A honeymoon is a vacation taken by newlyweds immediately after their wedding, to celebrate their marriage. Today, honeymoons are often celebrated in destinations considered exotic or romantic.


Newlyweds leaving for their honeymoon boarding a Trans-Canada Air Lines plane, Montreal, 1946
Bridal Journey in Hardanger by Adolph Tidemand and Hans Gude, a romanticized view of the customs of 19th-century Norwegian society.

In Western culture and some westernized countries' cultures, the custom of a newlywed couple's going on a holiday together originated in early-19th-century Great Britain. Upper-class couples would take a "bridal tour", sometimes accompanied by friends or family, to visit relatives who had not been able to attend the wedding.[1] The practice soon spread to the European continent and was known in France as a voyage à la façon anglaise (translation: English-style voyage), from the 1820s onwards.

Honeymoons in the modern sense—a pure holiday voyage undertaken by the couple—became widespread during the Belle Époque,[2] in the late 1800s as one of the first instances of modern mass tourism.


The honeymoon was originally the period following marriage, "characterized by love and happiness", as attested since 1546.[3] The word may allude to "the idea that the first month of marriage is the sweetest".[4]

According to a different version of the Oxford English Dictionary:

The first month after marriage, when there is nothing but tenderness and pleasure (Samuel Johnson); originally having no reference to the period of a month, but comparing the mutual affection of newly married persons to the changing moon which is no sooner full than it begins to wane; now, usually, the holiday spent together by a newly married couple, before settling down at home.

Today, honeymoon has a positive meaning, but originally it may have referred to the inevitable waning of love like a phase of the moon. In 1552, Richard Huloet wrote:

Hony mone, a term proverbially applied to such as be newly married, which will not fall out at the first, but th'one loveth the other at the beginning exceedingly, the likelihood of their exceadinge love appearing to aswage, ye which time the vulgar people call the hony mone.

— Abcedarium Anglico-Latinum pro Tyrunculis[3]

In many modern languages, the word for a honeymoon is a calque (e.g., French: lune de miel) or near-calque.[citation needed] Persian has a similar word, mah-e-asal, which translates to "month of honey" or "moon of honey".[5]

A fanciful 19th-century theory claimed that the word alludes to "the custom of the higher order of the Teutones... to drink Mead, or Metheglin, a beverage made with honey, for thirty days after every wedding",[6][7] but the theory is now rejected.[8][9]


One 2015 scholarly study concluded that going on a honeymoon is associated with a somewhat lower risk of divorce, regardless of how much or little is spent on the honeymoon itself.[10] However, high spending and incurring significant debt on other wedding-related expenses, such as engagement rings and wedding ceremonies, is associated with a high risk of divorce.[10]

Solomoon or unimoonEdit

An emerging 21st-century travel trend is the "solomoon" or "unimoon", a separate, solo holiday the newlyweds take without their spouse.[11][12] The New Zealand Herald cites a report by The New York Times[13] that such alternatives to honeymoons are "particularly suited for couples who just cannot agree on where to go".[14] (This trend contrasts with the use by a jilted bride or groom of the travel reservations intended for the honeymoon, as popularly depicted in such films as Sex and the City: The Movie (2008), in which Carrie Bradshaw turns her ruined Mexican honeymoon into a girls' trip,[15] and Like Father (2018), in which a bride left at the altar travels with her absentee father on the cruise meant for her honeymoon.[16])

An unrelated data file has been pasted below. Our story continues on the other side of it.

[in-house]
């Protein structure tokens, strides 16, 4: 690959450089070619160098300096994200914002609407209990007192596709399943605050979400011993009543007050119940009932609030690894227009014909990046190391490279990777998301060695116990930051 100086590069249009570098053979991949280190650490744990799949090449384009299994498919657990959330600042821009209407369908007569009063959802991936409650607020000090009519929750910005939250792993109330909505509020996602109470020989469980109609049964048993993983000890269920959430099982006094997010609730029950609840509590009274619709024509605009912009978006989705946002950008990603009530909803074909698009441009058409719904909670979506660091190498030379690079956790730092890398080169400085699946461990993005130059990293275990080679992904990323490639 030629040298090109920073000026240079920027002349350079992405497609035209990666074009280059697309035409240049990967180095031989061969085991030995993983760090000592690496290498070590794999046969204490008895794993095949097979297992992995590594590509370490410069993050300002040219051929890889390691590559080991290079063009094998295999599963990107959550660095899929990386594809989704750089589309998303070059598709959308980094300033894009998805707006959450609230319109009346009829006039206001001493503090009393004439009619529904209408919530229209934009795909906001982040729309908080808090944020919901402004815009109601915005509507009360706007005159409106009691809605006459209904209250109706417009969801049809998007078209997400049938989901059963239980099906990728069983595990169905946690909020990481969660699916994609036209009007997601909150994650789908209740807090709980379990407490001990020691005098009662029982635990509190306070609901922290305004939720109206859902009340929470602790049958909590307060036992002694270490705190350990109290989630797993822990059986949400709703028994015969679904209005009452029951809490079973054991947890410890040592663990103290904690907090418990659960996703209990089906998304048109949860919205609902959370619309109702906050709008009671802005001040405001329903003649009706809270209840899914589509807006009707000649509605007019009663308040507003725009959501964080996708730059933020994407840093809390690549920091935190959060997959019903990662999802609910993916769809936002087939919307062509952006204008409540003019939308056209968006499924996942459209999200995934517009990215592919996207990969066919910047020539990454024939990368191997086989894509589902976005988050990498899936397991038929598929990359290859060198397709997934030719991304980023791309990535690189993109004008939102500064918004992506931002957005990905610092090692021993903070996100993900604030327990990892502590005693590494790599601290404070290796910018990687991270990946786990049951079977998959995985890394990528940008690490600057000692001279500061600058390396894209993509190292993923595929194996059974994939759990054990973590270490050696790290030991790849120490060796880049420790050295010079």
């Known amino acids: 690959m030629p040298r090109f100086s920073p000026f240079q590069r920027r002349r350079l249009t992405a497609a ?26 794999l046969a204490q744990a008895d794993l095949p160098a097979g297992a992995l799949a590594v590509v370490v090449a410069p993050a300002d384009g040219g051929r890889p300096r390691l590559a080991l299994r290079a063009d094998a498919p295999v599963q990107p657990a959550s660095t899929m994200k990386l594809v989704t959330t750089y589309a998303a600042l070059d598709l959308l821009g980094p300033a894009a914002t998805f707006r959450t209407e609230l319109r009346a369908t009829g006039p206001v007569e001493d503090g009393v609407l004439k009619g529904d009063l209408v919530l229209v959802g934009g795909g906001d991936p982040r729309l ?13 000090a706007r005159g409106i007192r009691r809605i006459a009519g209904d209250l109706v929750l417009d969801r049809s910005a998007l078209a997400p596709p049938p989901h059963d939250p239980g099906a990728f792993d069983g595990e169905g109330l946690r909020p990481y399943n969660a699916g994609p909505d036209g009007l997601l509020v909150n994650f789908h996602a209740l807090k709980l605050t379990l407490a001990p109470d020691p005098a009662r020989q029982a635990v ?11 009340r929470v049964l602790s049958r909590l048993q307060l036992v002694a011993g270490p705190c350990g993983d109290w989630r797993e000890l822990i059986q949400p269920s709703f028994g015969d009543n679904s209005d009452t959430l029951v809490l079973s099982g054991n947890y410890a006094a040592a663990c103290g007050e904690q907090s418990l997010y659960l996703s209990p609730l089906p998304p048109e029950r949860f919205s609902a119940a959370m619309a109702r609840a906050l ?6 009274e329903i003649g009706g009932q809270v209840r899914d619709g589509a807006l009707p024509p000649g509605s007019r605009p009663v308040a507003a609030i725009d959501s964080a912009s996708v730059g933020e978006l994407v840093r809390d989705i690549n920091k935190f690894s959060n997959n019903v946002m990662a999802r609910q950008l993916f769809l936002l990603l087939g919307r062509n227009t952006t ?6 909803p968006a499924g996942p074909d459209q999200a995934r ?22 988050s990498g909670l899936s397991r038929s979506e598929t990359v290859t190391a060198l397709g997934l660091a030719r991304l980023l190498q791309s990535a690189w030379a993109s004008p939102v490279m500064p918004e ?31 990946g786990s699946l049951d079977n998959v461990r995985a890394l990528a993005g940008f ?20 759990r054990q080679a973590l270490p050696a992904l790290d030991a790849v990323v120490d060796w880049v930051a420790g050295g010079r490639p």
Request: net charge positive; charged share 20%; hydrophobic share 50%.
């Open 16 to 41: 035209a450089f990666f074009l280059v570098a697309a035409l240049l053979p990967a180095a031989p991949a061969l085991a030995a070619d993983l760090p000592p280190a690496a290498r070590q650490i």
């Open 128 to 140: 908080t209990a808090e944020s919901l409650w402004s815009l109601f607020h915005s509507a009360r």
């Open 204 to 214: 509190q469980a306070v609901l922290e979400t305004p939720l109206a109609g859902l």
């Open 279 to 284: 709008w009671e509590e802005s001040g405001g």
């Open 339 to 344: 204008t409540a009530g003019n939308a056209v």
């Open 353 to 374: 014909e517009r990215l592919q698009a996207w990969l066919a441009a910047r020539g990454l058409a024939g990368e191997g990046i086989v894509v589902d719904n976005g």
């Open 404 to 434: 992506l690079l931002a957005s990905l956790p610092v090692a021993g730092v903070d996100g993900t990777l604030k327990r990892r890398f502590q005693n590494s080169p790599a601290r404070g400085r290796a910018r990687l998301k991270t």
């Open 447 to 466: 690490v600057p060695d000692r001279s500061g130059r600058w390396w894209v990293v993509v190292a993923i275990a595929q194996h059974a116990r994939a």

See alsoEdit


  1. ^ Strand, Ginger (January 2008). "Selling Sex in Honeymoon Heaven". [[The Believer {magazine}|The Believer]].
  2. ^ Venayre, Sylvain (June 2007). "Le Temps du voyage noces". L'Histoire (321): 57. ISSN 0182-2411.
  3. ^ a b "Honeymoon". Oxford English Dictionary. s.v.
  4. ^ "Honeymoon". Merriam-Webster Dictionary. s.v.
  5. ^ url="https://www.imdb.com/title/tt1104084/"
  6. ^ Pulleyn, William (1853). The Etymological Compendium. p. 178.
  7. ^ Brewer, Ebenezer Cobham (c. 1870). Dictionary of Phrase and Fable (4th ed.). p. 413.
  8. ^ Brohaugh, Bill (2008). Everything you know about English is wrong. Naperville, Ill.: Sourcebooks. p. 92. ISBN 9781402211355.
  9. ^ Monger, George P. (2013). Marriage customs of the world: An encyclopedia of dating customs and wedding traditions (Expanded 2nd ed.). Santa Barbara, CA: ABC-CLIO. p. 352. ISBN 9781598846645. Retrieved 1 October 2014.
  10. ^ a b Francis-Tan, Andrew; Mialon, Hugo M. (2014-09-15). "'A Diamond is Forever' and Other Fairy Tales: The Relationship between Wedding Expenses and Marriage Duration". Rochester, NY. doi:10.2139/ssrn.2501480. S2CID 44741655. SSRN 2501480. Cite journal requires |journal= (help)
  11. ^ Leasca, Stacey (15 March 2019). "The 'unimoon' — a honeymoon without your new spouse — is a 'travel trend' we just can't get behind". Travel & Leisure.
  12. ^ Laneri, Raquel (March 14, 2019). "Newlyweds are now going on separate honeymoons". New York Post.
  13. ^ Braff, Danielle Braff (March 13, 2019). "Until Honeymoon We Do Part". The New York Times.
  14. ^ "The rise of the 'unimoon': People are going on honeymoons without their spouses". New Zealand Herald. 16 March 2019.
  15. ^ Arneson, Krystin (September 16, 2017). "This Is the Perturbing Reason Carrie Wound Up With Big in 'Sex and the City'". Glamour.
  16. ^ Czachor, Emily Mae (June 18, 2018). "Netflix's 'Like Father' Trailer Sends Kristen Bell On A Traumatizing Honeymoon". Bustle.